Before they became the accessory for rural cannibals, chainsaws were designed for medical surgery in the 19th century. After World War II, they were adopted by the lumber industry, making McCulloh Motors the most recognized producer of giant chainsaws in North America. These rigs were so big, they came on wheels and had to be operated by two people, but within a few years the technology greatly improved. By 1974, Leatherface was feasibly able swing one over his head, greeting the sunrise and haunting popular culture forever.
Because of their immediate association with Tobe Hopper’s The Texas Chainsaw Massacre, an indisputable horror classic, chainsaws have been a fixture of the genre, spanning from Leatherface to Ash Williams to Dead Rising. But motorized saws are also a uniquely American trope; other nations who specialize in scares, like England and Japan, don’t carry the baggage of Westward expansion. Away from the bustle of cities, the ghosts of native genocides haunt the rural American wilds like boogeymen. No tools symbolize the expansion spirit greater than axes and saws, but their modern incarnations have become monstrous.
While in cinema, chainsaws have become a cliché, the lumber tool has found new life in the digital space of video games. Here’s a brief history of chainsaws in pop culture horror that, surprisingly, actually doesn’t begin with Leatherface.
1968, Dark of the Sun
Though not a horror film, Jack Cardiff’s Dark of the Sun starring Rod Taylor was a gritty war movie set during and released just after the Congo Crisis of the mid-sixties. It featured some of the most gruesome torture scenes ever seen on film at the time, and among its most notable tools: the chainsaw.
1970, The Wizard of Gore
Arguably one of the first movies to use chainsaws in a horror setting, Herschell Godon Lewis’s splatter flick (forerunner genre to the post-9/11 torture porn) featured a deranged magician who performs gruesome illusions upon female volunteers, who later die sometime afterward in a similar fashion.
1972, The Last House on the Left
Wes Craven, who would later etch his own legacy in American horror, directed The Last House on the Left in 1972 that would try to seize its precedence on chainsaw-as-weapon, billing itself as “The original Texas Chain Saw Massacre” in subsequent rereleases.
1974, The Texas Chain Saw Massacre
Produced with a ragtag crew on a budget of $300,000, Tobe Hooper’s The Texas Chain Saw Massacre has sliced its way to immortality. There’s a whole franchise full of sequels and reboots, but it’s Leatherface here in the ‘74 original that has terrified moviegoers for generations.
1981, The Evil Dead
Before Ash Williams would evolve into a time-traveling avenger, Bruce Campbell’s S-Mart employee was just a guy on a nice getaway with his girlfriend. Infamously, the whole thing spiraled into a nightmare, making Sam Raimi’s The Evil Dead one of the most beloved horror films of all time. While the chainsaw would later become Ash’s signature in the later films, it was first introduced when Ash tries to slice Linda in half and can’t bring himself to, opting to bury her instead. That goes as well as you might think.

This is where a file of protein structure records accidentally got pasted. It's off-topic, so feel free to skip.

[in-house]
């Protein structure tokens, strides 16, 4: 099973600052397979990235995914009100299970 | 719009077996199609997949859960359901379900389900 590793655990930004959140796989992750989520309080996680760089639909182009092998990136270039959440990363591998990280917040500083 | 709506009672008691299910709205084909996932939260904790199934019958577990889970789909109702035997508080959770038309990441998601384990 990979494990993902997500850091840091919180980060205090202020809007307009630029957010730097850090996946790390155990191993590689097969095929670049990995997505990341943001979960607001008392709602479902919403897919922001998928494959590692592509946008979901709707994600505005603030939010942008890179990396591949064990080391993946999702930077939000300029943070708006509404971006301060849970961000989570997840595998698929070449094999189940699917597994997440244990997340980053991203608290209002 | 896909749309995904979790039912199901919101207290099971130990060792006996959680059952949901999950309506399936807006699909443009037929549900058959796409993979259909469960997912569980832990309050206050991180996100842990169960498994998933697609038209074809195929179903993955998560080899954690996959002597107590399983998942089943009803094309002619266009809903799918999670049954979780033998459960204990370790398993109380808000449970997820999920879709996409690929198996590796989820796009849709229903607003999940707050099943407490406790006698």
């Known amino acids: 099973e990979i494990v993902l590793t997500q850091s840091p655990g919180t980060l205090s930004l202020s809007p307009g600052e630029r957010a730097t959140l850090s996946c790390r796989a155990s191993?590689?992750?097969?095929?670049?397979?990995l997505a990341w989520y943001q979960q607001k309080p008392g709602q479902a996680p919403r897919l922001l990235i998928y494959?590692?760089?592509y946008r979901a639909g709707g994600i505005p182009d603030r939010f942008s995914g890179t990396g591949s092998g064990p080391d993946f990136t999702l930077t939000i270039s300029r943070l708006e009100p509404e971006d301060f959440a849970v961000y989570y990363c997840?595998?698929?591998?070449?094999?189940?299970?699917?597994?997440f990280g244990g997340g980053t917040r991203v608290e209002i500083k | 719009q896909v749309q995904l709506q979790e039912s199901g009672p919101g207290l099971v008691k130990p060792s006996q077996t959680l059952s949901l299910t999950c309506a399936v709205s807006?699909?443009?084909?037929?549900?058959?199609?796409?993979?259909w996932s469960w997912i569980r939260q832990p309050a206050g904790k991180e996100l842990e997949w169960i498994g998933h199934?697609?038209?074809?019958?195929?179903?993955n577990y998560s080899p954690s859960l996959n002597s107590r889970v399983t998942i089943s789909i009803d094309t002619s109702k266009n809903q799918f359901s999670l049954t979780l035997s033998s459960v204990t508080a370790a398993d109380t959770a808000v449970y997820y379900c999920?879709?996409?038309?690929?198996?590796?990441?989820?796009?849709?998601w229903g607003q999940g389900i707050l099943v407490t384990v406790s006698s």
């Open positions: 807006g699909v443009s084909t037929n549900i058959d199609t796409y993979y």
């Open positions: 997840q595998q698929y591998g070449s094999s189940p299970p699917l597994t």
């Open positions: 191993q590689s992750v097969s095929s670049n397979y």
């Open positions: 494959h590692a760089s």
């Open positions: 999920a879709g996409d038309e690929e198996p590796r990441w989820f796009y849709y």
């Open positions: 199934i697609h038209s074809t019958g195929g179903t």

1982, The Texas Chain Saw Massacre (Atari video game)
The video game boom of the early ‘80s (pre-E.T.) saw a plethora of video game adaptations of movies, even ones that had been out for years. Case in point: The Texas Chain Saw Massacre, which was banned from many retail stores alongside the more timely Halloween.
It’s tempting to make fun of a seemingly more naive time, but Texas Chain Saw Massacre for Atari may be one of the first games where such gruesome acts were digitized for anyone to control.
The revolutionary Doom, which basically invented the first-person shooter genre, infamously allows the player to wieldld chainsaw, which she can use against demons from hell. The chainsaw was such a unique aspect of the game that it was homaged in the (terrible) 2005 movie starring Karl Urban and Dwayne Johnson.
2001, Silent Hill 2
I almost didn’t want to mention this, since it’s an Easter egg you can obtain after you beat the game. But the chainsaw is such a memorable part of what is still one of the best games in the whole Silent Hill series.
Fresh from the ruckus of Grand Theft Auto III, Rockstar unleashed Manhunt, a psychological survivor horror game that also reveled in violence. While the visuals were unimpressive even in 2003, the game became notorious, launching Flordia attorney Jack Thompson’s crusade on video games in the mid-2000s. I don’t think he played Manhunt, though. Even he has to admit the chainsaw execution is totally goofy.
2003, The Texas Chainsaw Massacre (Remake)
Not as good as the first, and it kicked off an unfortunate trend of ill-conceived remakes and sequels of confusing continuity spun from existing horror movie slashers.
2006, Dead Rising and Gears of War
2006 saw two major video games revel in whirring sawblades: Capcom’s Dead Rising, a zombie slasher homage to George Romero, and the Xbox 360-exclusive shooter Gears of War from Epic Game, which had a chainsaw on the game’s primary assault rifles. 2006 was a bloody good year.
A remake of the retro games that homaged horror flicks from the ‘70s and ‘80s, Splatterhouse allowed players to wield chainsaws when Rick Taylor rips it out of one of the game’s bosses.
2012, Texas Chainsaw 3D
I mean, I guess.
2015, Ash vs. the Evil Dead
Hail the king, baby. Bruce Campbell reprises his role in the only way he can in the Starz series that capitalizes on nostalgia but pushes forward into the next generation. And yeah, he’s still got the chainsaw.
Bethesda’s remake of Doom still has the chainsaw, and it’s still bloody great.